Watch Now earns 2021 FreightTech 25 distinction

Image: Jim Allen/FreightWaves placed 11th on the 2021 FreightTech 25 list — holding this rank for the second year in a row. The internet’s largest neutral freight marketplace didn’t skip a beat as the New Plymouth, Idaho-based company continued to innovate and serve its customers amid the COVID-19 pandemic.

In its third year, the FreightTech 100 awards recognize some of the most outstanding companies in logistics, including both startups and legacy companies.

Companies join the ranks of this distinguished list through nomination from dedicated FreightWaves readers, from which over 500 nominations for nearly 200 unique companies were submitted this year

“We choose the FreightTech 100 based solely on merit. These companies are shaking up the industry in new and exciting ways. This is not a ‘pay-to-play’ competition,” FreightWaves CEO Craig Fuller said. “We want to recognize the most innovative and disruptive companies out there.”

A list of 100 companies is compiled by the FreightWaves editorial and research teams and is promptly narrowed to 25 based on the judgement and rankings of an expert external panel, with voting conducted by accounting firm Katz, Sapper & Miller (KSM).

Chief Relationship Officer at Brent Hutto spoke on the attributes that have kept the company deserving of the industry’s highest honors: “Truckstop’s customers will tell you that we listen to their needs, by which they develop trust with us. Most of our customers refer to Truckstop as their partner. … And I think that’s very unique among companies, especially when you think about the breadth and width of the trillion-dollar marketplace.”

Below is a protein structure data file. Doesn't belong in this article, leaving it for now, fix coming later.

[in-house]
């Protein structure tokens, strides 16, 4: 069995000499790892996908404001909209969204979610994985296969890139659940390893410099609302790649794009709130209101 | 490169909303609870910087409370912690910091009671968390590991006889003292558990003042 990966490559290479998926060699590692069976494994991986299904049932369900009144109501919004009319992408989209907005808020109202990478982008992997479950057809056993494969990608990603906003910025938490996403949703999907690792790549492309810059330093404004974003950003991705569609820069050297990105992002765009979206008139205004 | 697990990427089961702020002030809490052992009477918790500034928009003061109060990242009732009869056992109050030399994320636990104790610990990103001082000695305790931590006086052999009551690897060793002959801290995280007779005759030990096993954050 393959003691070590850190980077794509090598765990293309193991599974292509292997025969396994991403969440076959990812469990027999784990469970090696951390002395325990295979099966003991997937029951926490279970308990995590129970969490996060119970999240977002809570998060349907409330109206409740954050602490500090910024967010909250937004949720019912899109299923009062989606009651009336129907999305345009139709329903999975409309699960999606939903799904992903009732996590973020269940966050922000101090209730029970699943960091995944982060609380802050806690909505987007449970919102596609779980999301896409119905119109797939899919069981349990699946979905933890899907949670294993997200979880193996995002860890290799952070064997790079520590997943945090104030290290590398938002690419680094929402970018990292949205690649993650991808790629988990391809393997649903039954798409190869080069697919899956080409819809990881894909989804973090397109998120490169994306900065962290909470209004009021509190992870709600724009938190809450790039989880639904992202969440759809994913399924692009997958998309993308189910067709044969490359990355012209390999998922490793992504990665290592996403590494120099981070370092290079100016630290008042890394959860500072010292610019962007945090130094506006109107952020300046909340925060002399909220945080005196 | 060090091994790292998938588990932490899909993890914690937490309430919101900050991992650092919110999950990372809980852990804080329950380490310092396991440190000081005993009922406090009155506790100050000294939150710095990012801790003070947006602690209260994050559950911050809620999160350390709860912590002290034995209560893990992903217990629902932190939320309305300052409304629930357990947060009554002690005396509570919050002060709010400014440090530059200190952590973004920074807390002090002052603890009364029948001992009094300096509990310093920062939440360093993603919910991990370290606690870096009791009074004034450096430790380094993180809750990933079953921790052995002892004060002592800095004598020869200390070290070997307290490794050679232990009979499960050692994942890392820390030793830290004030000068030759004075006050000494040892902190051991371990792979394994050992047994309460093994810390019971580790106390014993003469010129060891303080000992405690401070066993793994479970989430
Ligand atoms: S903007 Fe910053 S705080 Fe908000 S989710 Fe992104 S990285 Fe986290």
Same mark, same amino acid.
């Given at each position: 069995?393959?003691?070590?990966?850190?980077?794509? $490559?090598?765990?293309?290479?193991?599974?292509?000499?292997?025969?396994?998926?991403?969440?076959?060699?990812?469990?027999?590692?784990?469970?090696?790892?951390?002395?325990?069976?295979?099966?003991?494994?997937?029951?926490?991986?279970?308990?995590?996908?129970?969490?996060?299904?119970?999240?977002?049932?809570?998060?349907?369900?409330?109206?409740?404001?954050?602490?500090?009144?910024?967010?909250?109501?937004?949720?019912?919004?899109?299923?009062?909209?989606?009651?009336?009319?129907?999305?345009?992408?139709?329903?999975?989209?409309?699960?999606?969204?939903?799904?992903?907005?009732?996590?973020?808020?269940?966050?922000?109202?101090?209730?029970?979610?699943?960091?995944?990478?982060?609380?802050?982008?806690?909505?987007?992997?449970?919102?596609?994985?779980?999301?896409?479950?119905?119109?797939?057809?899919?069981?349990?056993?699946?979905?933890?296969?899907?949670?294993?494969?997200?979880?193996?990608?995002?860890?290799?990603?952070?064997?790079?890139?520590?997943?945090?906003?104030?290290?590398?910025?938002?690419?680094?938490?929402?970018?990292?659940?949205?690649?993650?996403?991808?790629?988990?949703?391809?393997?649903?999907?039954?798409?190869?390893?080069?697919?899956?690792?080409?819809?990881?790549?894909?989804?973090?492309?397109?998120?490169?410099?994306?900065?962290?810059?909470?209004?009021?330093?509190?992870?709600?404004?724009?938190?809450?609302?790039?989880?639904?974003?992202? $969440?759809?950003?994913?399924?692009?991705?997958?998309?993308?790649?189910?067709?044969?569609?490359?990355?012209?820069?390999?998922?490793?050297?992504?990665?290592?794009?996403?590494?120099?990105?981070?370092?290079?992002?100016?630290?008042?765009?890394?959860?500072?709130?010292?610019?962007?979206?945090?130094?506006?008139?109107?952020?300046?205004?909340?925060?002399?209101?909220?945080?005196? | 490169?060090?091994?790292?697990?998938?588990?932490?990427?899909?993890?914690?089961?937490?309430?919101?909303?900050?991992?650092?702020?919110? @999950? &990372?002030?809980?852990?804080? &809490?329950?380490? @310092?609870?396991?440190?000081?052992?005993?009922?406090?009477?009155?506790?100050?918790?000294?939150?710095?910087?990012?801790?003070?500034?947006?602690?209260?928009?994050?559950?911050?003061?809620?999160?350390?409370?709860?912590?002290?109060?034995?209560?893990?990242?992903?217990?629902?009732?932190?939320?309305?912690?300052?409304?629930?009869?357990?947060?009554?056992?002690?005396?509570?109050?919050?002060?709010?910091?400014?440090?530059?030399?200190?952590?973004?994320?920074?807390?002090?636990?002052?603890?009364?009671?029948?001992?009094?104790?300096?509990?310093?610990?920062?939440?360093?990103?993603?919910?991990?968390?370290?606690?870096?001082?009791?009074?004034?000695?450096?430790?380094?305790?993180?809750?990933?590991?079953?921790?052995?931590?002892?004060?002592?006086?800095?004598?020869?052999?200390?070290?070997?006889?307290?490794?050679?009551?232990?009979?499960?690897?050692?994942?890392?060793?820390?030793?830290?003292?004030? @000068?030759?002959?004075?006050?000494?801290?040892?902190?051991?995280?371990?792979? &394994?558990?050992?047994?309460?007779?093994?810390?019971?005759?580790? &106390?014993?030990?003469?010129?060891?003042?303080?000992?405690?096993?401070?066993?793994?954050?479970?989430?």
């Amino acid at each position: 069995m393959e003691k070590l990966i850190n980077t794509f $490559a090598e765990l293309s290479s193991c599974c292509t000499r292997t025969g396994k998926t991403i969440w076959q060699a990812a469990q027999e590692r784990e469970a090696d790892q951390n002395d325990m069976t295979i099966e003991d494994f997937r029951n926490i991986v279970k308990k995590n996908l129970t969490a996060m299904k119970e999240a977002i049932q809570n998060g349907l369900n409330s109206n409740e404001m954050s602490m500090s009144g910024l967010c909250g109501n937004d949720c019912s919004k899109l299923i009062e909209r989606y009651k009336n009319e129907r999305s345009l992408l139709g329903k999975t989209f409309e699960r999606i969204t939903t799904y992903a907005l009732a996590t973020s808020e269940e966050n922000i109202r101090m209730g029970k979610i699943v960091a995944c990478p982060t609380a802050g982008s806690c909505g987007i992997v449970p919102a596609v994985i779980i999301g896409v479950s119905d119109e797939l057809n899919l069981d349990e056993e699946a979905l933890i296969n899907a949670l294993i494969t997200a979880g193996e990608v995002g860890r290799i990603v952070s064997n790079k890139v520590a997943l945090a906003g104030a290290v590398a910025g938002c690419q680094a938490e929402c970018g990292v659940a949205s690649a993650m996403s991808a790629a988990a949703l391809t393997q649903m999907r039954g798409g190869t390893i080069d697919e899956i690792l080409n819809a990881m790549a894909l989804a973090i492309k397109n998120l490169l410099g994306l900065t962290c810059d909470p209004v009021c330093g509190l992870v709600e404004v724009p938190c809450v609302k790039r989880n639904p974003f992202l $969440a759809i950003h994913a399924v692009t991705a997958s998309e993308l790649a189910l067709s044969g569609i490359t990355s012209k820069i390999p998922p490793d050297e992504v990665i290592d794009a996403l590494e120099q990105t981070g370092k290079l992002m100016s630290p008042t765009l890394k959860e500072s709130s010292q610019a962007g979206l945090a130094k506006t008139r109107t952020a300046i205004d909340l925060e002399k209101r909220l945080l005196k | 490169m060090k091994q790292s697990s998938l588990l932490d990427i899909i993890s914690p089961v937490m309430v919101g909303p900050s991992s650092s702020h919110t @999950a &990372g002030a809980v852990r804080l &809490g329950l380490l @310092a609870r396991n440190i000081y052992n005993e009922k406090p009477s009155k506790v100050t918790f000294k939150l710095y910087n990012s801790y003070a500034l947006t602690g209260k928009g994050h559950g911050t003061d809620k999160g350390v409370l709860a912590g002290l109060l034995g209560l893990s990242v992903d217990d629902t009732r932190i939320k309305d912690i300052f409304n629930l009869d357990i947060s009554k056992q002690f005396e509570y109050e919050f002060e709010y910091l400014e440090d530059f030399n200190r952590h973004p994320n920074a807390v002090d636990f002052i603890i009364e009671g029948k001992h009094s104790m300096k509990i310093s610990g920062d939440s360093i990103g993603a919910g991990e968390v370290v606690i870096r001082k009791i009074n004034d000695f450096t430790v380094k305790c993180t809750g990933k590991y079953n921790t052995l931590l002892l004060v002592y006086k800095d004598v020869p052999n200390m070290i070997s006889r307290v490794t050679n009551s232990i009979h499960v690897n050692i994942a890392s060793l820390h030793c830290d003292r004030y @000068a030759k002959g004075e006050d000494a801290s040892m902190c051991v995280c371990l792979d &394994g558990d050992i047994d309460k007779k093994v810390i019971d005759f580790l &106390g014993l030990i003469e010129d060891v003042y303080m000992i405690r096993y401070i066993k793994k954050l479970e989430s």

It was during the pandemic that Truckstop’s innovation and dedication to its partners were on full display. For instance, Truckstop offered free and premium services to trucking companies and freight brokerages throughout the month of April to help struggling logistics providers as rates plummeted in certain sectors.

“The pandemic didn’t affect just a part of the industry nor just certain parts of a population; it affected all of logistics, which in a sense affected all of the world,” Hutto said. “When the United States’ logistics network is disrupted, that’s 50% of all the freight in the world. … We wanted to do everything we could to help this market thrive and do what we do best, which is to continue innovating and solving problems and once again, find a better way.”

Truckstop’s resilience was internal as well. It took the company only three days to transition its 505 employees from its Idaho headquarters to a work-from-home format. Hutto attributed Truckstop’s virtual, cloud-based infrastructure to its ability to smoothly switch gears.

Matt Stubbs,’s senior manager of public relations and communications, detailed the unforeseen positive that derived from the pandemic: an expanded recruiting talent pool.   

“Instead of being restricted to specific geographies, we’ve been able to start hiring experts outside of our traditional hubs within the last couple of months,” Stubbs said. “So we’re getting a much higher caliber of talent by being able to draw from a nationwide pool.”

Hutto said that Truckstop hopes to have at least half of its workforce back in the office by 2022, but alluded to giving staff the option to decide which setting they prefer.